For over 45 years, Julia Njeri has known no peace. Weird dreams, sleepless nights, long periods of depression are the order of the day. December 30, 1976, was the last time the 62-year-old resident of Kithurine in South Imenti, Meru saw her daughter Fatiah Ng’endo.
Seated outside her house at the predominantly tea-growing region of Nkuene Ward, Njeri said Fatiah was born out of an early relationship with a man she only identified as Ahmed. Njeri was in Baitigitu Primary School when the man, then 30 years old, got her pregnant.
Her father, Benson Njeri (now deceased), was employed by Ahmed’s family in their shop in Isiolo town. She said she used to visit her father at his workplace, and in the process, Ahmed wooed her. She later fell pregnant and had to drop out of school in Class Six. Njeri went back home to raise her baby.
“I concentrated on bringing up my Fatiah despite the harsh economic challenges.”
Her father, understandably, was angry with the turn of events. Njeri stayed with her mother, Keziah Njoki (also deceased), at Kithurine.
And in December 1976, she parted ways with Fatiah.
“I last saw Fatiah a week before her fourth birthday. My father, who worked and had a house in Isiolo, sent my brother Ireri (now deceased), saying he wanted to celebrate New Year’s Day (January 1977) with Fatiah. I reluctantly let Ireri take her,” Njeri recounts, amid tears.
Ireri assured Njeri that Fatiah would be back in a few days. She reluctantly let her go with him to Isiolo, about an hour drive from Meru town. She said she expected her brother to bring Fatiah back on January 2, 1977, but this was never to be. Njeri, 15, was a worried mother.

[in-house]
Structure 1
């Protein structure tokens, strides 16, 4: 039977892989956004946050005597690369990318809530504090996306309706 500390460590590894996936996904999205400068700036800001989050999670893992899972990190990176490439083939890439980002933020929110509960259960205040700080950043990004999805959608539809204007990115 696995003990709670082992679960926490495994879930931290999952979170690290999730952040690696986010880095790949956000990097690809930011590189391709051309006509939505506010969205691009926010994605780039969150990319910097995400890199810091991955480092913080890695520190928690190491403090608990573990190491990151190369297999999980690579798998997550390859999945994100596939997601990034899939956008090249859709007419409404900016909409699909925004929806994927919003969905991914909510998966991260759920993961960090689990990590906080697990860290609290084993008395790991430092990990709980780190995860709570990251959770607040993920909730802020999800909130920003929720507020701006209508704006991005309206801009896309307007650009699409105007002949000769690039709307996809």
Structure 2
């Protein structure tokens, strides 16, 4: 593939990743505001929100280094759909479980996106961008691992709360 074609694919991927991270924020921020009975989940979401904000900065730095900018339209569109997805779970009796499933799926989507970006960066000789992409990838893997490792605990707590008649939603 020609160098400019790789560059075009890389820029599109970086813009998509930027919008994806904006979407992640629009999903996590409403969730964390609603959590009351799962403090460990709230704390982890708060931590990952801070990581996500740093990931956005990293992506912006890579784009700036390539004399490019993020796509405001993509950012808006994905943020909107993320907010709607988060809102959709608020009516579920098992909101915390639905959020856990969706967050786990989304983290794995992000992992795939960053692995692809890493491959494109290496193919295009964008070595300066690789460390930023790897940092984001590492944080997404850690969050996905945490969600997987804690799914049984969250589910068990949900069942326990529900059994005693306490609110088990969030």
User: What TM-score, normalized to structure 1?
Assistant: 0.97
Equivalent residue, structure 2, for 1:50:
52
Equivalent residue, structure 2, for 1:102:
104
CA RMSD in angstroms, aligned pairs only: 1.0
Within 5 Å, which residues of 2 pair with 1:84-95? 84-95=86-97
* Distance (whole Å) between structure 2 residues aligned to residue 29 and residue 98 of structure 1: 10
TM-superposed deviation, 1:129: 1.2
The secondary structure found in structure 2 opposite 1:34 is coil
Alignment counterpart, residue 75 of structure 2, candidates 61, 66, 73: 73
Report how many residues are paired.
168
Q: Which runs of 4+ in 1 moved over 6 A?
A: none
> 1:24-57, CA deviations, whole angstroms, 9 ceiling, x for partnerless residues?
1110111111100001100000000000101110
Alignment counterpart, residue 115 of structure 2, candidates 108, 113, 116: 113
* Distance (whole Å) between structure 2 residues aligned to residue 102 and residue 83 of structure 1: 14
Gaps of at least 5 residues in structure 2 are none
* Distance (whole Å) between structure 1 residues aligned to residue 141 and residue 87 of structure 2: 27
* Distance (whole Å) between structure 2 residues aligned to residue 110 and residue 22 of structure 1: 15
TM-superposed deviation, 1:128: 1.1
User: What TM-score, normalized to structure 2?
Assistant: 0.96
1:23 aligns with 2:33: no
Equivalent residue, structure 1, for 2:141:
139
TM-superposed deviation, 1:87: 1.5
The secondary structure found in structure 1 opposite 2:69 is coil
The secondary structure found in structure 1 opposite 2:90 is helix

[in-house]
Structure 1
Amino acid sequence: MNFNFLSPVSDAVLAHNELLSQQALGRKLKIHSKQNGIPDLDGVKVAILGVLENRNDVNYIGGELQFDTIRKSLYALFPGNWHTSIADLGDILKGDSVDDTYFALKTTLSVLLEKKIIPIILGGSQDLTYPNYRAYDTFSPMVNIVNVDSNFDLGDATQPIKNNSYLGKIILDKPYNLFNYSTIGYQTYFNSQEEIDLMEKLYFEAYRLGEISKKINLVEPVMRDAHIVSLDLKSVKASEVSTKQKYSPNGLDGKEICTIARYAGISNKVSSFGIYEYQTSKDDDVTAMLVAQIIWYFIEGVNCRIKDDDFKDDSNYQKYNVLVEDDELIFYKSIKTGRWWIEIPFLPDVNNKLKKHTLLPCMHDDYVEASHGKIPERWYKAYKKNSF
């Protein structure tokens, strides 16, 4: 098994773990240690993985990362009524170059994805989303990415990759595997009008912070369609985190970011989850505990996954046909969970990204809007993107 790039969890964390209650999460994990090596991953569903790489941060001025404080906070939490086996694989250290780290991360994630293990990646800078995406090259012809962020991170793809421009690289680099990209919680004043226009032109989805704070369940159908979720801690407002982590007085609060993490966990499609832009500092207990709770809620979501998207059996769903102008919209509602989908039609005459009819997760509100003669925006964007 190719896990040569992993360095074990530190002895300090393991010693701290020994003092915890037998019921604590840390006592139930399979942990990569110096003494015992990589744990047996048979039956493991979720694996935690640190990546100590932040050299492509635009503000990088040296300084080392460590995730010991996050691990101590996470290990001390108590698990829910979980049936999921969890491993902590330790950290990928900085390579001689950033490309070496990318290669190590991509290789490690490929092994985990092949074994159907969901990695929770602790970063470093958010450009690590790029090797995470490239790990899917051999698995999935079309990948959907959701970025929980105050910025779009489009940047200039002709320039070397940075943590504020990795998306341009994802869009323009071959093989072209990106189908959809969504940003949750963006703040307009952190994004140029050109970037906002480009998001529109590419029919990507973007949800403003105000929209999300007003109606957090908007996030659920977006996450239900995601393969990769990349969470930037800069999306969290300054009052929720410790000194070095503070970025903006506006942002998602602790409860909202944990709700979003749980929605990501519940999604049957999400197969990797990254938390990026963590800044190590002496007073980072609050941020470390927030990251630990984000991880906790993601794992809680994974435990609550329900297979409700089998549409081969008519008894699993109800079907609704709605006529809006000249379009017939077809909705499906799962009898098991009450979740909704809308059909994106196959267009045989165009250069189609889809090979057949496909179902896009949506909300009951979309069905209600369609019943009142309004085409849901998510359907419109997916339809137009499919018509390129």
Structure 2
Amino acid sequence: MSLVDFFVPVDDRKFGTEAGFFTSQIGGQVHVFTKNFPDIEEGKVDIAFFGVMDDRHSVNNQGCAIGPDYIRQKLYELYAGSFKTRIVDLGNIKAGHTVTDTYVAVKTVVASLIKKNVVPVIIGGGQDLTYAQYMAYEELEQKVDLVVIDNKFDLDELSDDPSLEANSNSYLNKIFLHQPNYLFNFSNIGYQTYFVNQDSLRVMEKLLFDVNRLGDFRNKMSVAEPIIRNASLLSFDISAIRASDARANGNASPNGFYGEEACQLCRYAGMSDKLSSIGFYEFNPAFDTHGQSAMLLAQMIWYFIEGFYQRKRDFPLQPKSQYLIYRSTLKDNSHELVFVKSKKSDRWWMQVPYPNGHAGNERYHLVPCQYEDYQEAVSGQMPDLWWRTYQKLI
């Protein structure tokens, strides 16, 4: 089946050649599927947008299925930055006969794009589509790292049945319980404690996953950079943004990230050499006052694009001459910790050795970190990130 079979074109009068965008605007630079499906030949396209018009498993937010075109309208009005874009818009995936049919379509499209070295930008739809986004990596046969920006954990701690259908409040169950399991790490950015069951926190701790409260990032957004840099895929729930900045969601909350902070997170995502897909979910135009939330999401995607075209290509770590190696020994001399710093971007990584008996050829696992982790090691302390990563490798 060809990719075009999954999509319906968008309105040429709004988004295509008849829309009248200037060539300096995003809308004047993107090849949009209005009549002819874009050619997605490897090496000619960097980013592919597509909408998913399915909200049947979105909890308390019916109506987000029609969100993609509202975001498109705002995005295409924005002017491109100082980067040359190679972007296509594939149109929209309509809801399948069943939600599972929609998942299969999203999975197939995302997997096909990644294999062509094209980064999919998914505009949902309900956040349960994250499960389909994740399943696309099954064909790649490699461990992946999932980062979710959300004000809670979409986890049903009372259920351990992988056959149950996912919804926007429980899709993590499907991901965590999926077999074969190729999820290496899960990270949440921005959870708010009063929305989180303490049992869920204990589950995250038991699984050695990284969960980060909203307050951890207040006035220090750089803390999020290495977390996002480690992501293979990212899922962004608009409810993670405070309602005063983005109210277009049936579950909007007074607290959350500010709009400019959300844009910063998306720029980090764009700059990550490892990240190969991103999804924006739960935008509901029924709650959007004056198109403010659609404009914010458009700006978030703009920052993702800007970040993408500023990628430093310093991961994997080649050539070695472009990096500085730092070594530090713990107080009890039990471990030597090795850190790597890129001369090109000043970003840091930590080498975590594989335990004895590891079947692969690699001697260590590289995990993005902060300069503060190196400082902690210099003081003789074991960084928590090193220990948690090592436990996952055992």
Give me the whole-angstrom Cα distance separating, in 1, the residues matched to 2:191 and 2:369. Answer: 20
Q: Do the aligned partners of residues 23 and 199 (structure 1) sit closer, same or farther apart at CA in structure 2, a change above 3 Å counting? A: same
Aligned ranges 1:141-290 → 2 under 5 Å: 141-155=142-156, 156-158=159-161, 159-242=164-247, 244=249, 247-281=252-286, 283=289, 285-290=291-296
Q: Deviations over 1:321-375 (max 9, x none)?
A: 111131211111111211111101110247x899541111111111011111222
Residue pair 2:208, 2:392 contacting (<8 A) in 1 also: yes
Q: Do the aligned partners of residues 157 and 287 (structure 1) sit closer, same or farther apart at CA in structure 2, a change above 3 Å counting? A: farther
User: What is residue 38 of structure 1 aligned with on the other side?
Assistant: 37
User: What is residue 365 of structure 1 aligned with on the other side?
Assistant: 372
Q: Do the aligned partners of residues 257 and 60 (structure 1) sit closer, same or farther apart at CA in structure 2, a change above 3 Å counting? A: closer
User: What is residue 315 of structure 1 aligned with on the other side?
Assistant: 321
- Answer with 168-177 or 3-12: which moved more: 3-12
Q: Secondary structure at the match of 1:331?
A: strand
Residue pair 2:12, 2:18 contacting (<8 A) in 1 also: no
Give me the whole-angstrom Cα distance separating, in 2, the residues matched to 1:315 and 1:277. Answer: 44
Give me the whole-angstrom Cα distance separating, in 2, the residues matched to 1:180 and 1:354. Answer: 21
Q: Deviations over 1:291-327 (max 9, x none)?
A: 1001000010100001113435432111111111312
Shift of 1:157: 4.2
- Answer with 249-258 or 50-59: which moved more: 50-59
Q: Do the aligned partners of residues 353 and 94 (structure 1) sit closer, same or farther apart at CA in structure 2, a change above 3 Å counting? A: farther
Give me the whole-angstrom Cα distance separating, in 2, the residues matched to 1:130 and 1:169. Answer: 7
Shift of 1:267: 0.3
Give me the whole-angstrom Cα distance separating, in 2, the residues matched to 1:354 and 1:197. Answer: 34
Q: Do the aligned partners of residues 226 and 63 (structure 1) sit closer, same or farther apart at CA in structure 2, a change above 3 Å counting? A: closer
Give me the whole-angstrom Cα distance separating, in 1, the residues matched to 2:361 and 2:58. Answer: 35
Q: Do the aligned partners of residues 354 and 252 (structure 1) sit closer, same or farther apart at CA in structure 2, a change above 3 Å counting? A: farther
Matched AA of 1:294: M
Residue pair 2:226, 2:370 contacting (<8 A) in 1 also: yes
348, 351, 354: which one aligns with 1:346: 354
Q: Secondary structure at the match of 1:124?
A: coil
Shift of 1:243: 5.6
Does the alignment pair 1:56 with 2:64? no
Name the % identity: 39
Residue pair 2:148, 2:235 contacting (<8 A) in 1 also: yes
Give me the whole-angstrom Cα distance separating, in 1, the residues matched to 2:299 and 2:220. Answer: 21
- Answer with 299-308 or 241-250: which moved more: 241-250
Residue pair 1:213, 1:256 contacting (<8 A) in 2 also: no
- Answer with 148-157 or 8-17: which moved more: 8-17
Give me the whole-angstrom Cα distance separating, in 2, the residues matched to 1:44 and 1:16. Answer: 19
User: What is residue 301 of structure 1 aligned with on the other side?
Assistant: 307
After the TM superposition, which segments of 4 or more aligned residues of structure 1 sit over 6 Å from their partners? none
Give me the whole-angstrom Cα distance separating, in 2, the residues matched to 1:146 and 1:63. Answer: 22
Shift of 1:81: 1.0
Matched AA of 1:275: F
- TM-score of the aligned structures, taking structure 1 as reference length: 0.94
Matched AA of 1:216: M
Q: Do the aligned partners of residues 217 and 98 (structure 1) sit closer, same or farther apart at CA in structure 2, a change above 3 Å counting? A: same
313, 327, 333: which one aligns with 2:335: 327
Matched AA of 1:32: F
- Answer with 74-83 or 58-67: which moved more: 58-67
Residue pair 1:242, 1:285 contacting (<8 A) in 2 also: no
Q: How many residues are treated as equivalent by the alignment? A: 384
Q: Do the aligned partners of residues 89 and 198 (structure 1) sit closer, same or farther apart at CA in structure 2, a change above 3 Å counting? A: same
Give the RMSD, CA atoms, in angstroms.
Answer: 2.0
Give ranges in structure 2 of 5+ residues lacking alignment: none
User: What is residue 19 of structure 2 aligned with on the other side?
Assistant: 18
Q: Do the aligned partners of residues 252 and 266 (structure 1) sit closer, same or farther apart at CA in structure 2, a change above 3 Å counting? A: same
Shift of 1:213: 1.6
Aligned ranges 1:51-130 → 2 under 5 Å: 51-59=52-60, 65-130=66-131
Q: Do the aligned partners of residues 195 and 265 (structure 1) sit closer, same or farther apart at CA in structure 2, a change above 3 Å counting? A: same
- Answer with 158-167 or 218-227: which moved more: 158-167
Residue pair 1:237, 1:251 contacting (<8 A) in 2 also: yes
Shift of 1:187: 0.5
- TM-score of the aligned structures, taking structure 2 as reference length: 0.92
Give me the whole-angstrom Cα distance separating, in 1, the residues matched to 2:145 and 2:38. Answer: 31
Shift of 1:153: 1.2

There being no mobile phones then, she took a bus to Isiolo to get her daughter.
“When I arrived in Isiolo, I went straight to my brother’s house and found his wife Margaret. I asked her where Fatiah was, and she told me that her father, Ahmed, had taken her away.”
Still in shock, Njeri found her father and brother in an eatery in Isiolo town, but upon seeing her, the father took off through a back door.
“I pursued him to his house. I was just a girl then, but the pain of losing my daughter was too much for me.”
Njeri said there was a conspiracy between her father, brother and Ahmed’s family to snatch Fatiah from her, and even though the two are now dead and she lost touch with Ahmed’s family, she still has hopes of reuniting with her daughter, 45 years later.
“I chanced upon a relative of Ahmed in Meru town several years ago. Though he could not tell me where Ahmed was, he told me Fatiah was taken to Saudi Arabia, where she has lived since.”
Njeri is now appealing to any well-wishers and the Kenyan Embassy in Saudi Arabia to help trace her daughter.
“I have prayed to God to help me because of the pain I have endured for years.”